John Scott makes the most of the sunshine (well, it was shining when he started to write this) and listens to Linton Kwesi Johnson’s 1980 reggae classic.   

Despite an early fondness for Desmond Dekker’s Israelites, I found myself in my late teens with a distinct lack of interest in reggae music.  I’d loved the live version of Bob Marley and The Wailers’ No Woman No Cry – who couldn’t love that? – but tracks like Could You Be Loved and Three Little Birds from 1977’s Exodus album struck me as lightweight.  Similarly, Third World’s hit Now That We’ve Found Love did nothing for me.  I needed a way in; something that I could relate to and in the Summer of 1980 I found it in Lynton Kwesi Johnson’s Bass Culture album.

Now don’t get me wrong: I was a young white kid from a small mining town in south east Scotland; I wasn’t fooling myself that I had anything in common with the challenges that life as an Afro-Caribbean immigrant in one of Britain’s inner cities presented.  But, I was a fan of both Bob Dylan and John Cooper Clarke who both, in very different ways married together poetry and music and Linton Kwesi Johnson, or LKJ as he was known, seemed to be doing something similar.LKJ_bass_culture

Born in Jamaica in 1952, LKJ moved to Britain in 1963.  He attended school in the London borough of Lambeth where he joined the Black Panthers then graduated from Goldsmiths College in 1973 with a degree in sociology.  He seemed destined for a career in education, receiving a C Day-Lewis Fellowship and becoming Lambeth’s writer-in-residence in 1977 but some work writing sleeve notes and advertising material for the Virgin record label’s reggae releases led to label boss Richard Branson funding an album, Dread Beat An’ Blood by Johnson and musician Dennis “Blackbeard” Bovell.  Credited to Poet and The Roots, the album featured Johnson’s poems set to Bovell’s music and would set the template for  LKJ’s subsequent releases.

Dread Beat An’ Blood was released in 1977 and was followed the next year by Forces Of Victory.  LKJ’s poems reflected the racial tension that was prevalent at the time between the authorities and the Black community and this theme was carried over into 1980’s Bass Culture.  At this time the “suss” law gave stop and search powers to the police and this power was generally seen as being abused when it came to policing within areas with a high Afro-Caribbean population.  Notting Hill’s annual Carnival would regularly erupt into riots. London Metropolitan Police’s Special Patrol Group – the SPG – seeming had total autonomy to take a heavy-handed approach to crowd control.  This lead to the death of New Zealand-born special needs teacher Blair Peach during an Anti Nazi League demonstration in 1979.  This is Bass Culture’s reality.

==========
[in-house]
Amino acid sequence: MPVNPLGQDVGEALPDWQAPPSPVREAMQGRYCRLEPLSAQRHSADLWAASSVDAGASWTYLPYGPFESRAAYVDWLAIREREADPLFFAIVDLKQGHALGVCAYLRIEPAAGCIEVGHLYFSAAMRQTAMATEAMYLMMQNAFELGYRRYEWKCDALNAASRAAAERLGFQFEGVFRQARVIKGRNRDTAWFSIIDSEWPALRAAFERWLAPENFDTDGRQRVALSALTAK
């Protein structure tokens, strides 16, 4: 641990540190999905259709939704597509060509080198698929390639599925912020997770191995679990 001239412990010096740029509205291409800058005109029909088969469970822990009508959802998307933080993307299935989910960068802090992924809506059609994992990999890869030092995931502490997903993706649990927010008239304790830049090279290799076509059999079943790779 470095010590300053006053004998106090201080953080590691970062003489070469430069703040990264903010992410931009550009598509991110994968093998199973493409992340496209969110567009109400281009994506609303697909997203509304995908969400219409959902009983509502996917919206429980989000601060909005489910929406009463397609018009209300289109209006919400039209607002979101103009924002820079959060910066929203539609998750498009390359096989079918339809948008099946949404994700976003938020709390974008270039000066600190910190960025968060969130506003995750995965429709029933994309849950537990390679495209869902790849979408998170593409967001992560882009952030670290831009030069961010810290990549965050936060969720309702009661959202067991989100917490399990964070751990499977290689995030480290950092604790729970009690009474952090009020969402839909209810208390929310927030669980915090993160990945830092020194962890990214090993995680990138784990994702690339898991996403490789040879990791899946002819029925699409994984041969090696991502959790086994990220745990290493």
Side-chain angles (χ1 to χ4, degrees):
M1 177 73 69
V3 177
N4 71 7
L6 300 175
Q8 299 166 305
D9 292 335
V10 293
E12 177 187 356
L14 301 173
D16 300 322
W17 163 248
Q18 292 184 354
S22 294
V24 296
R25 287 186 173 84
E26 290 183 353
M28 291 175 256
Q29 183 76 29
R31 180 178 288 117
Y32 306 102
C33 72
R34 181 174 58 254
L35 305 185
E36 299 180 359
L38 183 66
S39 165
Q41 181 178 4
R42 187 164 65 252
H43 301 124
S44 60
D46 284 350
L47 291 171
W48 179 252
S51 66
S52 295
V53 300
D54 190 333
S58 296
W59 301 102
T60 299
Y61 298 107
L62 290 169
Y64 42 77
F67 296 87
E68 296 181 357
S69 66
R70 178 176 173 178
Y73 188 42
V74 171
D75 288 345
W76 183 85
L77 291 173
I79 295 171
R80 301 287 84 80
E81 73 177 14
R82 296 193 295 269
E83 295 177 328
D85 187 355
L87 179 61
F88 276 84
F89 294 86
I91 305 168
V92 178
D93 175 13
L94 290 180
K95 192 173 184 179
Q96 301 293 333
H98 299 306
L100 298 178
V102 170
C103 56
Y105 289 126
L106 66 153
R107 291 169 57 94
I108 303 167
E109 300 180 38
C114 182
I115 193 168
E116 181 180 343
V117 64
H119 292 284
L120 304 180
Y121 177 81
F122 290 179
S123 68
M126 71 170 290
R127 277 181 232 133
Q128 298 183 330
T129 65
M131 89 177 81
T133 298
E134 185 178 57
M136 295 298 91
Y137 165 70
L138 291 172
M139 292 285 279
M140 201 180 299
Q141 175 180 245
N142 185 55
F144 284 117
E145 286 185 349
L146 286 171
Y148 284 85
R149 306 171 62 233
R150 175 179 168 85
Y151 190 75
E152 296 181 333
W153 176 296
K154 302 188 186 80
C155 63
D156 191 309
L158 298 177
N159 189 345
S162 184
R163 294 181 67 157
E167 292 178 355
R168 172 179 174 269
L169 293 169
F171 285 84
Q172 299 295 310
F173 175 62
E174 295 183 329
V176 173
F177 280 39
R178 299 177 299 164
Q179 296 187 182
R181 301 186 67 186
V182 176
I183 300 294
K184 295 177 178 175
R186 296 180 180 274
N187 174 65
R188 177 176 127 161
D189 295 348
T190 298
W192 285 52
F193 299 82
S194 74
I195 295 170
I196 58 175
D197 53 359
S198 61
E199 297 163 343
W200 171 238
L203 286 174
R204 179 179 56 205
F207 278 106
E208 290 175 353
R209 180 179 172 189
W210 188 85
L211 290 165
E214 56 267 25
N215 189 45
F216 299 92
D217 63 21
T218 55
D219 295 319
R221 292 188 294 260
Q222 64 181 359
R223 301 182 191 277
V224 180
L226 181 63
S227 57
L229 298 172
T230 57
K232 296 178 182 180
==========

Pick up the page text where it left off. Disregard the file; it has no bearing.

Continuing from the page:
In title track Bass Culture, LKJ places reggae music at the heart of his culture.  “For the time is nigh, when passion get high, when the beat just lash, when the wall just smash, and the beat just shift and the culture alter.  When oppression scatter.”  One way or another, a change is coming.  This is muscular music, the bass at its core, driving it on.  Drums knocked into the beat, horns and organ adding texture.  Blackbeard at the controls spins guitars skywards.

Street 66 takes things at a funeral pace.  A harmonica foreshadowing dread. A house party in the early hours, relaxed and high.  A knock on the door…the police.  “Step right in and take some licks.” What happens next is left to our imagination, but it is all too easy to guess.

Reagan Fi Peach opens with celebratory horns.  The story of Blair Peach’s death at the hands of the SPG. A tribute and a tragedy. “Everywhere you go it’s the talk of the day, everywhere you go you hear people say that the special patrol them a murderer, we can’t mek them get no furtherer.”

Inglan Is A Bitch pulls no punches in spelling out the disillusionment of Commonwealth immigrants who came to Britain in search of opportunity and found a life of racial hatred and discrimination instead.

Lorraine is possibly the album’s only misstep.  Serving as light relief, it feels out of place.  LKJ knowingly parodies Tin Pan Ally moon, June, spoon rhymes but I’m not sure that it quite works.  Fortunately, the song is rescued by a dubby instrumental fade out.

The final two tracks provide the most successful melding of LKJ’s poetry with Bovell’s music.  Reggae Sounds is exactly what it says while Two Sides Of Silence is an almost avant-garde, free jazz tone poem, breaking down everything that has preceded it into pure expression.

As great an album as Bass Culture is in its own right, you really need to have the dub versions of these songs as well.  Dub, where the music is stripped back to its essential elements, often just bass and drums with other instruments and vocals being flown in and out of the mix, twisted with heavy, creative use of echo effects, is a reggae tradition and there is, for me at least, nothing better than hearing these songs being followed by their dub versions. Some of the dub versions are available on the LKJ In Dub album, along with dubs of songs from Dread Beat An Blood and Forces Of Victory and LKJ In Dub is a great listen – Iron Bar Dub, the dub version of Sonny’s Lettah from Forces Of Victory is worth the purchase alone.  Johnson’s compilation album Independent Intervenshan goes one better and has almost all of its tracks followed by their dubs, as they rightly should be.  This might be the only time when I would recommend the purchase of a compilation over its parent albums.  It really is a must-have.

Bass Culture paints a picture of Britain at the end of the 1970s every bit as vividly as Never Mind The Bollocks or the first Clash album.  You need it in your collection.

John Scott

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